Although the issues with planning meant set-backs to the project team, with both developments essentially side-by-side on a tight access point on Newcastle’s Quayside one benefit was that the adjoining Trinity Gardens scheme was able to be completed before site access was required by Live Theatre’s contractor.

One other major challenge that Faithful+Gould had to contend with was that Live Theatre would be operational right up to the commencement of building works. Ideally its team would have liked to undertaken full investigation and intrusive surveys before work started on site but limitations were imposed on the team as the fabric of the building couldn’t be disturbed whilst productions were ongoing. Therefore, Faithful+Gould had to implement a risk management strategy to overcome this problem.

Mike continued:

“In an ideal world, we would have undertaken a much greater amount of intrusive investigation works prior to the completion of detailed design which would possibly have averted some late modifications in phases 2 and 3 that did inevitably delay our schedule. As it was, Live’s programme of events did not allow this as in most cases any intrusive work had to be made good the same day.”

In the process of changing the floor level of what was to become ‘The Street’, which acts as the main thoroughfare of the development, Phase 1 threw up a massive challenge to Faithful+Gould’s team.

Whilst they were undertaking a site visit, the stability of a skin of brick at ground floor at the party wall between numbers 27 and 29 Broad Chare was questioned. The building surveys had suggested that it was simply the local thickening of the party wall. Further surveys called into question the capability of the existing structure to support proposed and approved insertions and adaptions.

Faithful+Gould discovered the reason for the instability was a sudden release of grain stored within a cavity, which wasn’t thought to exist, that had created lateral pressure at mid height of the wall, causing outward movement of the wall skin. The wall construction, thought to be solid, was revealed to actually be two walls, inadequately tied together, with a cavity of varying thickness between them.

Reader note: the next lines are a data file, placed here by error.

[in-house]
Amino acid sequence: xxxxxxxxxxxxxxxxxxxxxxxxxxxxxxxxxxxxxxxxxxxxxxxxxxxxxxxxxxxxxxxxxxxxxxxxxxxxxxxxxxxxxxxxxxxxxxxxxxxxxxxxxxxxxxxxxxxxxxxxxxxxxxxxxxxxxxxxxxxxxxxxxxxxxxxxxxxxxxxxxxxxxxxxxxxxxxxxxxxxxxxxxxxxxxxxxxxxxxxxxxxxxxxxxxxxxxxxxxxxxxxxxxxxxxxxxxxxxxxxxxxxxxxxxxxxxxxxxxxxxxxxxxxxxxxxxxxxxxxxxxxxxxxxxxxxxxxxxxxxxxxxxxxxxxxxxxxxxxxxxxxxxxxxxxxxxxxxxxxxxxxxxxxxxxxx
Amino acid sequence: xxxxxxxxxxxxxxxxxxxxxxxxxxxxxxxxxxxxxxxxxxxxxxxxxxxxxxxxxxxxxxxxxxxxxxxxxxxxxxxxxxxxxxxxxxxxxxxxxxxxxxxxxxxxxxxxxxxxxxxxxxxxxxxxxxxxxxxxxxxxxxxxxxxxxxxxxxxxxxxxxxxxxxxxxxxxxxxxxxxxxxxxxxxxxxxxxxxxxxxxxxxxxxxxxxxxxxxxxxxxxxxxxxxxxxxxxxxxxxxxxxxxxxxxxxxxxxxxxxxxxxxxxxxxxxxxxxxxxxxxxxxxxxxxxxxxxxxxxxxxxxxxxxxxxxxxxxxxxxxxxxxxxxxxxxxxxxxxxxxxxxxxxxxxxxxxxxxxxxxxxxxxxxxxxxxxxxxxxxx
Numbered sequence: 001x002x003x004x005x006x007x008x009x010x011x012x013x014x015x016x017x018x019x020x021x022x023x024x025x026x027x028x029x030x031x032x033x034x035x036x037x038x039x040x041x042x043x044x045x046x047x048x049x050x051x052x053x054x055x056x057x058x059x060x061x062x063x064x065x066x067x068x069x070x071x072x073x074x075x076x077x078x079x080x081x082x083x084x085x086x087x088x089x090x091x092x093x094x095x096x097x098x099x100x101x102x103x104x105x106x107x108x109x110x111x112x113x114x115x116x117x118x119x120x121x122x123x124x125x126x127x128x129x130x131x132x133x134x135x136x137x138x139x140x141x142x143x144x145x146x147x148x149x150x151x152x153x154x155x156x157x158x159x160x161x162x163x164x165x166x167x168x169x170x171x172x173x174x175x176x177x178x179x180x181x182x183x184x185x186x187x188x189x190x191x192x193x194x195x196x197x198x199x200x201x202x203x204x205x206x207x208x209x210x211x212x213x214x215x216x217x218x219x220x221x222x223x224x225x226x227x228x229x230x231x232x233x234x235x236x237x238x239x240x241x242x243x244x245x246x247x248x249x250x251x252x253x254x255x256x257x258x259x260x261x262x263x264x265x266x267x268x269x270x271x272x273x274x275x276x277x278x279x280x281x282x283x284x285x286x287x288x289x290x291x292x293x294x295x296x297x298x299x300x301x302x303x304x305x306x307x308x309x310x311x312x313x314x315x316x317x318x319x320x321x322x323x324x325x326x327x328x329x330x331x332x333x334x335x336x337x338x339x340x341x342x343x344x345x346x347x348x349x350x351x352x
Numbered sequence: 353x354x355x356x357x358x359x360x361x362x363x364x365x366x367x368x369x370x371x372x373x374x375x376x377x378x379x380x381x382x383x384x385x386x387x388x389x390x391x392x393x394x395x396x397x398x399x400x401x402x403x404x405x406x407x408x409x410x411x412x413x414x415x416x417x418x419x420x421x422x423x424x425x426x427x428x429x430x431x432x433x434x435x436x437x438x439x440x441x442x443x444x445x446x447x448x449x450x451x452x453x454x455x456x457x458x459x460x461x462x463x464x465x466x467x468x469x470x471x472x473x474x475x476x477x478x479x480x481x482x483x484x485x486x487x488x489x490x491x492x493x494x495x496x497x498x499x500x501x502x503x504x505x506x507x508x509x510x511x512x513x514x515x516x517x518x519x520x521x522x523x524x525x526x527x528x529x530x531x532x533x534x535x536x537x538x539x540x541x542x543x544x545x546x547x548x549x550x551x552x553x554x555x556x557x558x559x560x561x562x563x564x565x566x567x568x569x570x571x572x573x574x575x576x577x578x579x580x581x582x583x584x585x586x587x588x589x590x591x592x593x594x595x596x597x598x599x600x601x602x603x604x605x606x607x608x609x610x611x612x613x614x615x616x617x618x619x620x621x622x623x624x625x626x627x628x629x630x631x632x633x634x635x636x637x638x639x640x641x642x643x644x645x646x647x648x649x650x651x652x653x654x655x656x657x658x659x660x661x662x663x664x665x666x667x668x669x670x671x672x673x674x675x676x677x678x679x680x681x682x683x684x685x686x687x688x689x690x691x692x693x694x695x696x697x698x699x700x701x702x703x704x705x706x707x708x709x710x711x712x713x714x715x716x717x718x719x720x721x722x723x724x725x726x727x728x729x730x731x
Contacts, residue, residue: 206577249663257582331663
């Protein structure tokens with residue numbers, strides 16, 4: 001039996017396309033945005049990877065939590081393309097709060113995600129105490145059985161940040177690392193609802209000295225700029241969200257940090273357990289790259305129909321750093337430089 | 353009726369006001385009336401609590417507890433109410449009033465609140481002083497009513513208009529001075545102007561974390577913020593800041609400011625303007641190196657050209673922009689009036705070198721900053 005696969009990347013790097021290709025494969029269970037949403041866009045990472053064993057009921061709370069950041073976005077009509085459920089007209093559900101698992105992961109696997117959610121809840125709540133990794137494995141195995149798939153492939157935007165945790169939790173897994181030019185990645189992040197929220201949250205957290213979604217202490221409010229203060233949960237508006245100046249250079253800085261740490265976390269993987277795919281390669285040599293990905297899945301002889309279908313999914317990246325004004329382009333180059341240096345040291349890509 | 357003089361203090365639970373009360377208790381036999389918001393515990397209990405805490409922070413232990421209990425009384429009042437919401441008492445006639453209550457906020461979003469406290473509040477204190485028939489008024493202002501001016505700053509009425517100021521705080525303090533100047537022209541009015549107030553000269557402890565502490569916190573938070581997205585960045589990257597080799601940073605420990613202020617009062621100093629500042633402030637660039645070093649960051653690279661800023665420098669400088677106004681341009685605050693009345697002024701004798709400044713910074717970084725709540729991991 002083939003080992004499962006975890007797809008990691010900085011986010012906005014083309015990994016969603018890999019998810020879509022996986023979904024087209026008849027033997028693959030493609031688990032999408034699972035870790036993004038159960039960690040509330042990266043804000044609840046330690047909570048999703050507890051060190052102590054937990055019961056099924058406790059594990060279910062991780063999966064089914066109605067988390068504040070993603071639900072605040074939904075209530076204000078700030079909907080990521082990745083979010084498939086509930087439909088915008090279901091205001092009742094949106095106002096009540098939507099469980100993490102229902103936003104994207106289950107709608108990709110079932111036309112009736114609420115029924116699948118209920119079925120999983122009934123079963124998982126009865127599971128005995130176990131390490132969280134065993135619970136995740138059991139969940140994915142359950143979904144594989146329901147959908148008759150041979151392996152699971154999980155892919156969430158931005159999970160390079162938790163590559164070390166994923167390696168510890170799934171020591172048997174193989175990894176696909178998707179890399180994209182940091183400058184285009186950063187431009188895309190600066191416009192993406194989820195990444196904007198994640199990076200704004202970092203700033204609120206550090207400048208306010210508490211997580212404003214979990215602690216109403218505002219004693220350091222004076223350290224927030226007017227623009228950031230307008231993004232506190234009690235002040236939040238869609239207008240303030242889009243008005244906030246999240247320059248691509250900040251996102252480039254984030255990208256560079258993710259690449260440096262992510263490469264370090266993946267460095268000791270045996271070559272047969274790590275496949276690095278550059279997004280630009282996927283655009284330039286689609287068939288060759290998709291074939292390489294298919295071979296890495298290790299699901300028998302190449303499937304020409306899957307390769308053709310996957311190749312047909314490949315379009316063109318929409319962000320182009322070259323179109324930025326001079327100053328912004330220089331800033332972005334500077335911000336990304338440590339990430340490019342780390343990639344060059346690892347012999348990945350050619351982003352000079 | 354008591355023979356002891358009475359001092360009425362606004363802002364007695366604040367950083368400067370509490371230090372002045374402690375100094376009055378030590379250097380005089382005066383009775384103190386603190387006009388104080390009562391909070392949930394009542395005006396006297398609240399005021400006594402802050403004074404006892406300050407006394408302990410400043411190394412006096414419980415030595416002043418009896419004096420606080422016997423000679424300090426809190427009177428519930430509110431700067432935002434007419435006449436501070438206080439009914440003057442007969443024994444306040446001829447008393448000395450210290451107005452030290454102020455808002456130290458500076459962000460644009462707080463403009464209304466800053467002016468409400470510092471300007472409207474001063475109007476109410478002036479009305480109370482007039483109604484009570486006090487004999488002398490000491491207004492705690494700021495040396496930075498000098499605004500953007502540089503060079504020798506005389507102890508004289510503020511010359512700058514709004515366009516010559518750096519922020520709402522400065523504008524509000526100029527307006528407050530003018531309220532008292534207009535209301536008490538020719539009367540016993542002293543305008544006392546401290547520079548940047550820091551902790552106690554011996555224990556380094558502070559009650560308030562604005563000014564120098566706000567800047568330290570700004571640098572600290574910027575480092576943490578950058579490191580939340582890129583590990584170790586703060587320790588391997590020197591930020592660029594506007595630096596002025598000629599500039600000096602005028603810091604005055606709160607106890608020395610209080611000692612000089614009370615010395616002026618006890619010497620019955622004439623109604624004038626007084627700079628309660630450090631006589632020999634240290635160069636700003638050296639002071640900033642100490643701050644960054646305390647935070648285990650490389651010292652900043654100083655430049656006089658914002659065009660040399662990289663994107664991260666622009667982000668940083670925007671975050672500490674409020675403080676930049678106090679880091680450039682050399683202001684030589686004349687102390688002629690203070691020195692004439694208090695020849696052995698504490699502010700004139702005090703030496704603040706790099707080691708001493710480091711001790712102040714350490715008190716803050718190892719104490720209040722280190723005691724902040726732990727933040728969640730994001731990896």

This issue signalled the start of a challenging time for the development. Having relied on the wall for support, steel work had to be brought down from roof level through the building to solid ground within the basement.

It was then that contractor Stephen Easten went into receivership. A wholly unexpected event, this threw the project into a state of uncertainty, which was thankfully short lived when The Esh Group took over the ailing company and re-launched it as Stephen Easten Building Ltd. The contract was then novated.

Live Theatre's exterior signage

Mike says:

“Although it did seem like a massive set back, we were fortunate that the new contractor came on board on the same terms and conditions as previously agreed and there was also consistency in project personnel, the programme sub-contractors and contract sum.”

Due to ongoing and protracted negotiations with the funders, a decision was taken to undertake work on Phases 2 and 3 simultaneously, which affected Live Theatre’s ability and wish to occupy and operate as much as possible during this time.

Enabling works for phase 2 had been completed to 29 Broad Chare and its refurbishment was subsequently carried out to provide an additional rehearsal space, restaurant shell and central atrium. Offices, which were formerly located in the draughty old arms houses, have now been transformed for staff into much more flexible and modern space with writers’ rooms set off the main floor area.

Phase 3 saw the refurbishment of the almshouses to provide more dressing room space, along with radical alteration of the theatre space to include the installation of a new curved steel framed mezzanine balcony.